ESRB Tells Browser Game to Quit Bragging That It Was Rated AO

Illustration for article titled ESRB Tells Browser Game to Quit Bragging That It Was Rated AO

The ESRB has asked the Chinese maker of a browser-based game to quit advertising it as rated Adults Only, reports, largely because the game has never been rated by the ESRB.

Even if it had, Wartune would likely run afoul of ESRB policies against making a marketing spectacle of acquiring such a notorious rating (only 32 titles have gotten AO in the rating's 19-year history.)

Ads for the game, running on Google's AdSense network, tout it as an "18+ game" in type much larger than the game's logo, with scantily clad nymphs and demons offering saucy come-ons like "You deserve an orgy today." (Though when I created an account to play it, I never ran through any age-gate or verification. I did not participate in any orgies, either, but then, I only advanced to level 2.)

The AO rating icon, like every rating given out by the ESRB, is trademarked. Wartune, a turn-based RPG whose visual themes borrow, let's say, heavily from World of Warcraft and Diablo, is hosted at several browser gaming sites but is produced and marketed by Hong Kong-based R2 Games.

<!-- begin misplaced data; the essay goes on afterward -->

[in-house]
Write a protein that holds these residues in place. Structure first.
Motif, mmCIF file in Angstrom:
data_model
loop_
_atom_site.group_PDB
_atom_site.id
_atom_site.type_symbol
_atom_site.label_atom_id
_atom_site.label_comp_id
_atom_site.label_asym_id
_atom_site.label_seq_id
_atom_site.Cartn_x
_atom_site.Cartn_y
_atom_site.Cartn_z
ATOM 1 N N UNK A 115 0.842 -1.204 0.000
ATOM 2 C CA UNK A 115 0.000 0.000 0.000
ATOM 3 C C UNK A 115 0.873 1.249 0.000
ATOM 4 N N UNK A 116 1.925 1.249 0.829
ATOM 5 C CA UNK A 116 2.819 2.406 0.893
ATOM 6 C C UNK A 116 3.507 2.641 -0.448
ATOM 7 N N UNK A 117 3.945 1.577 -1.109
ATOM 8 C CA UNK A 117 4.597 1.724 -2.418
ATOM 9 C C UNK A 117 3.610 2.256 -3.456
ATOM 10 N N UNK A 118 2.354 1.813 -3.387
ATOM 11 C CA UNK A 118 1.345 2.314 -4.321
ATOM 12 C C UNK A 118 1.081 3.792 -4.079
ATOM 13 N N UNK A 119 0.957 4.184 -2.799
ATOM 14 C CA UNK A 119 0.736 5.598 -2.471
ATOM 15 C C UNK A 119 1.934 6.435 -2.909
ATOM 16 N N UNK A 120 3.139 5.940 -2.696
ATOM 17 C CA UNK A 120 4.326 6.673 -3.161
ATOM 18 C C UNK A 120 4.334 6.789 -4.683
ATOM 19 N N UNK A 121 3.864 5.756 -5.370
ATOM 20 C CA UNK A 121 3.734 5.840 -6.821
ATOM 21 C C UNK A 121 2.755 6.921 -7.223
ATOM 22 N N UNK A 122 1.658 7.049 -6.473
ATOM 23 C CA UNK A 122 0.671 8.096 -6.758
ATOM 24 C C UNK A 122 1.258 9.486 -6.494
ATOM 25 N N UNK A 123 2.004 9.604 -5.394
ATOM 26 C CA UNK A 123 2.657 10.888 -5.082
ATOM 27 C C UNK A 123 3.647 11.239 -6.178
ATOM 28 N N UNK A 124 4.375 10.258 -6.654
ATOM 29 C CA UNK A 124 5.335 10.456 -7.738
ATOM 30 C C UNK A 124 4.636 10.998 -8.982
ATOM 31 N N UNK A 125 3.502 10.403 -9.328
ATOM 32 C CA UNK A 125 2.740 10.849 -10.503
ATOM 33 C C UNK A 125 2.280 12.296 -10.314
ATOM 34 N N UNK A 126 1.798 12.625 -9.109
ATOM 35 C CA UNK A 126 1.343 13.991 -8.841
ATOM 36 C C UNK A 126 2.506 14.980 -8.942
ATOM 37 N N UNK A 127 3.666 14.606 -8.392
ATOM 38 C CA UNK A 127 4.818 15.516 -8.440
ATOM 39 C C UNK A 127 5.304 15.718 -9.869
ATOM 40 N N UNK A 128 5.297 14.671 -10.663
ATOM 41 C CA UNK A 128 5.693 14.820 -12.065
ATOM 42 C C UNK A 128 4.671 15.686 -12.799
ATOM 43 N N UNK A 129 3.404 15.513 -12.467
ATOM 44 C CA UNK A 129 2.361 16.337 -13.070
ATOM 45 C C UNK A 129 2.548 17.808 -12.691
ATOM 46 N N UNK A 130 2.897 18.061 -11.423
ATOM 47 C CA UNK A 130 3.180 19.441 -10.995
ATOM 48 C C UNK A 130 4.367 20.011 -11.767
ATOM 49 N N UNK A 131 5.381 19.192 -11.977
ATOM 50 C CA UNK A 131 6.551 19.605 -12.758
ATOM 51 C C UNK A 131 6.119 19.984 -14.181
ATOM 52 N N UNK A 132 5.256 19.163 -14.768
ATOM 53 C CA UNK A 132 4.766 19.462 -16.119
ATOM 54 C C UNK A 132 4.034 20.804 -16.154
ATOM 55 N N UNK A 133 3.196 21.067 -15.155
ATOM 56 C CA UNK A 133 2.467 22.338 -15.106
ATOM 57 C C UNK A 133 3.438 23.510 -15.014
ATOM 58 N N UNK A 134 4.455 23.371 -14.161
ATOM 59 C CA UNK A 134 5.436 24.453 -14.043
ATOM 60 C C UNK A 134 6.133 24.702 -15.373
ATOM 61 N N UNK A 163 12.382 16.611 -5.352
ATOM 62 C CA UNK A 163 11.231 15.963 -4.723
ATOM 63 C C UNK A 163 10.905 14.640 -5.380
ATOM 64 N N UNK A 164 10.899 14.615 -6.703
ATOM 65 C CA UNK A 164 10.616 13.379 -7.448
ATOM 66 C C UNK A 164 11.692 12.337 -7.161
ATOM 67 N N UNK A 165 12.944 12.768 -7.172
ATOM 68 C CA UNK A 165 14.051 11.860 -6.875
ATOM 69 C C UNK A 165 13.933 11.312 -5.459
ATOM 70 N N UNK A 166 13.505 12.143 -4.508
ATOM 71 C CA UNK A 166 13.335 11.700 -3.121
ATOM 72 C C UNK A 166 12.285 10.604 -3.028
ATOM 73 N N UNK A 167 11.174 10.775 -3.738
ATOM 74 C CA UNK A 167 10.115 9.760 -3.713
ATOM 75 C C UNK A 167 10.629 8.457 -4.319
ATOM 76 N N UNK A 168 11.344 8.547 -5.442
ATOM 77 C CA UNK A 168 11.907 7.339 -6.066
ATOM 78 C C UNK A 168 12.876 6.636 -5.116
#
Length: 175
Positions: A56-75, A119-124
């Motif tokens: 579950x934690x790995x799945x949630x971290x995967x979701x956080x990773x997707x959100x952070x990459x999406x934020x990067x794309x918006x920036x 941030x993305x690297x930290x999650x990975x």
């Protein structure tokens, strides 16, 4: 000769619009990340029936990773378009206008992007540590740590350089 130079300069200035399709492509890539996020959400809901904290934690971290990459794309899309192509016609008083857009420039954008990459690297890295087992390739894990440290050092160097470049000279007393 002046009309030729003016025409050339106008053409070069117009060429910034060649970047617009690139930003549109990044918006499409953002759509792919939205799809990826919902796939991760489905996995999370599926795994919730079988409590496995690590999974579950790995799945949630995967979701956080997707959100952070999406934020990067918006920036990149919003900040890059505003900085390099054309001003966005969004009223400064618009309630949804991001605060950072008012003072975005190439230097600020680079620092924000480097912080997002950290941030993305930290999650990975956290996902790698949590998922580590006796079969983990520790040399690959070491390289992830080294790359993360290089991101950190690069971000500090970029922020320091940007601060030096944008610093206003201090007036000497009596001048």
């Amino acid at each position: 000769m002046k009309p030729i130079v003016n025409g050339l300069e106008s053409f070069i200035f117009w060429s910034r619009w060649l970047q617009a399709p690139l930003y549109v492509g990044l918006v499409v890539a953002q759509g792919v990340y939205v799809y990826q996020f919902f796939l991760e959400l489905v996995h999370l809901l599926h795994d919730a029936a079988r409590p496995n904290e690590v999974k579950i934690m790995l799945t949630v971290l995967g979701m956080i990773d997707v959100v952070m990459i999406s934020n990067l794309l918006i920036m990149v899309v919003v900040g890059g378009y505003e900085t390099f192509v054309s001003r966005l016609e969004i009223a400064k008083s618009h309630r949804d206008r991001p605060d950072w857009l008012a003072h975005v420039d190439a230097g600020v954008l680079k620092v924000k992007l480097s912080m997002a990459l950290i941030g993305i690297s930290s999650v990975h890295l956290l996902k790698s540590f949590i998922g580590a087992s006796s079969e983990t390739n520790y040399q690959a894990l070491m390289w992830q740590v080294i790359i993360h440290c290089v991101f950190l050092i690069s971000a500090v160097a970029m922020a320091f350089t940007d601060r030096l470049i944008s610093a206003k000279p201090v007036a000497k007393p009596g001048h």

I sent questions—specifically, what content in Wartune deserves a self-bestowed AO?—to an R2 press inquiry email address but have not yet heard back. Any answers or comments will be updated here.

Wartune Advertising Runs Afoul of ESRB []

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This sort of advertising is disturbing on two levels (running on the assumption that this advertising campaign is primarily targeted at heterosexual males, in the interest of full disclosure):

The first—and most egregious—is that the marketing department responsible for said advertising is clearly operating under the implicit assumption that their target audience is easily led by sexual material. Further, advertising with the line, "You deserve an orgy today," not only degrades the potential consumer by assuming they'll respond to the, "Oh god, I might get laid," line of thinking—it implies pretty directly that said consumer has limited (if any) access to real-world sex, which is one of the oldest (and most inaccurate) stereotypes regarding gamers/gamer culture out there.

The second problem is that for all the insulting nature of the implied assumptions the adverts themselves are making, they're probably not that far off target—at least in terms of -some- of their consumer base.